I Know Who Killed Me
I Know Who Killed Me is an unpleasant shocker. Who killed who isn't important. What is important is that the movie's not worth seeing.
After losing an arm and a leg to a deranged serial killer--as if there were any other kind--all-American teenager Aubrey Fleming (Lindsay Lohan) is discovered in a ditch outside of town. Trouble is, she's not Aubrey--at least that's what she says. She claims to be Dakota Moss, a hard-edged stripper whose vocabulary proves how hard she is. Through flashbacks, we see she's no goody-goody, but she's determined to get to the bottom of the mystery while everyone around her waits for her to "remember" who she really is. But if, indeed, the killer is still at large, then this baffled babe might still be on the hit list, which is where the story's ostensible suspense is supposed to emanate from. Is all of this a figment of Aubrey's--or Dakota's--imagination, or a by-product of the trauma she's suffered? If it were, there wouldn't be a movie. As it is, there's not much of one, anyway.
As if she didn't have enough to deal with already, Lohan seems particularly ill at ease here. She has yet to really distinguish herself as a strong actress, and she's certainly not strong enough to do much with the material she's given here. Her character simply isn't likable--and she's the whole show. There's a slightly uncomfortable, if blackly comic, irony in watching Lohan, at various points, take pills, drink alcohol, pole-dance and swear up a storm. Oh yes, and she's also bloodied, bruised, terrorized and tortured--for those who care. Most won't. If this is what passes for character development in horror movies these days, then we--and the genre--are in trouble. As Aubrey's parents, Julia Ormond and Neal McDonough stand around, mostly looking confused, as well they should be. At least, Brian Geraghty, as Aubrey's jock boyfriend, doesn't embarrass himself. But no one else is around long enough to make much of an impression. Then again, as a whole, I Know Who Killed Me doesn't leave much of an impression. Just a bad aftertaste.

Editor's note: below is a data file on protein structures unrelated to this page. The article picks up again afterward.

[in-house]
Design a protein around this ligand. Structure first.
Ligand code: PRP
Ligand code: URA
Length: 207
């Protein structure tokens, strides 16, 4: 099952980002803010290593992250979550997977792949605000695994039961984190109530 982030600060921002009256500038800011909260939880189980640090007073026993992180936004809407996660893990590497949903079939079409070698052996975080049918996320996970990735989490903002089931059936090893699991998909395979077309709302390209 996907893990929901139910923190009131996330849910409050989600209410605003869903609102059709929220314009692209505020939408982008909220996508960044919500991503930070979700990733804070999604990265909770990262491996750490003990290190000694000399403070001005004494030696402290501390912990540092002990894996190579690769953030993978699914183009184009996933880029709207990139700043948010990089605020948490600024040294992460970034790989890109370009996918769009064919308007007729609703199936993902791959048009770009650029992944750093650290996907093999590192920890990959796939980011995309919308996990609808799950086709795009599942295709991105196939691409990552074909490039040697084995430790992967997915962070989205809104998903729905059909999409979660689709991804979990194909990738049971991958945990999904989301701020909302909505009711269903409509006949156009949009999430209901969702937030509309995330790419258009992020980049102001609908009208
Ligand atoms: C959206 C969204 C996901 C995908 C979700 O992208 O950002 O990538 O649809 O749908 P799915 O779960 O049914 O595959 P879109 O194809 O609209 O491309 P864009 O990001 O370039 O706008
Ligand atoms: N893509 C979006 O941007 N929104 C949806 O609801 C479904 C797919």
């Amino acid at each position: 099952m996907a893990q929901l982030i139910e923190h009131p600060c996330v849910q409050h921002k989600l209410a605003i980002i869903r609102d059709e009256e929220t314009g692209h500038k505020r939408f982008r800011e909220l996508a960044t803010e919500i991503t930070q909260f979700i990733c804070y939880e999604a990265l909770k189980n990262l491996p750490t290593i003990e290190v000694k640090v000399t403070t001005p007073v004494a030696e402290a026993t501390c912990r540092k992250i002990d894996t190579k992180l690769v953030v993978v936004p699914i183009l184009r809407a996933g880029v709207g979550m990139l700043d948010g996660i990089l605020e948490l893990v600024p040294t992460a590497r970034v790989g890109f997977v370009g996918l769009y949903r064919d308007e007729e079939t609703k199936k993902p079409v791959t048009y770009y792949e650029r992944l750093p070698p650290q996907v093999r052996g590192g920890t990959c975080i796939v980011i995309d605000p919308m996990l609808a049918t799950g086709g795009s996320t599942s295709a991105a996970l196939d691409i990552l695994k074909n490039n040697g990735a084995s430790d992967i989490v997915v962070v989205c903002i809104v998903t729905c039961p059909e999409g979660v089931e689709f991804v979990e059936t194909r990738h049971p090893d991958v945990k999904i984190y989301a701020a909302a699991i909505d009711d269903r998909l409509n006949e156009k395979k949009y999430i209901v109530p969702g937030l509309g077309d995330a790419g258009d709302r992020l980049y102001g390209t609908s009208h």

Aside from technical proficiency, there's not a lot director Chris Sivertson brings to the party, and it's as much the fault of first-time screenwriter Jeffrey Hammond. Sure, the story has a lot of twists and turns, but they're stupid twists and turns--and too many of them are introduced too far into the narrative, as an increasingly desperate way of keeping the film going long after anyone cares. In the end--actually, by the middle--I Know Who Killed Me simply doesn't add up. It's too silly to be remotely credible or interesting, and too murky to be laughable.
Hollywood.com rated this film 1 star.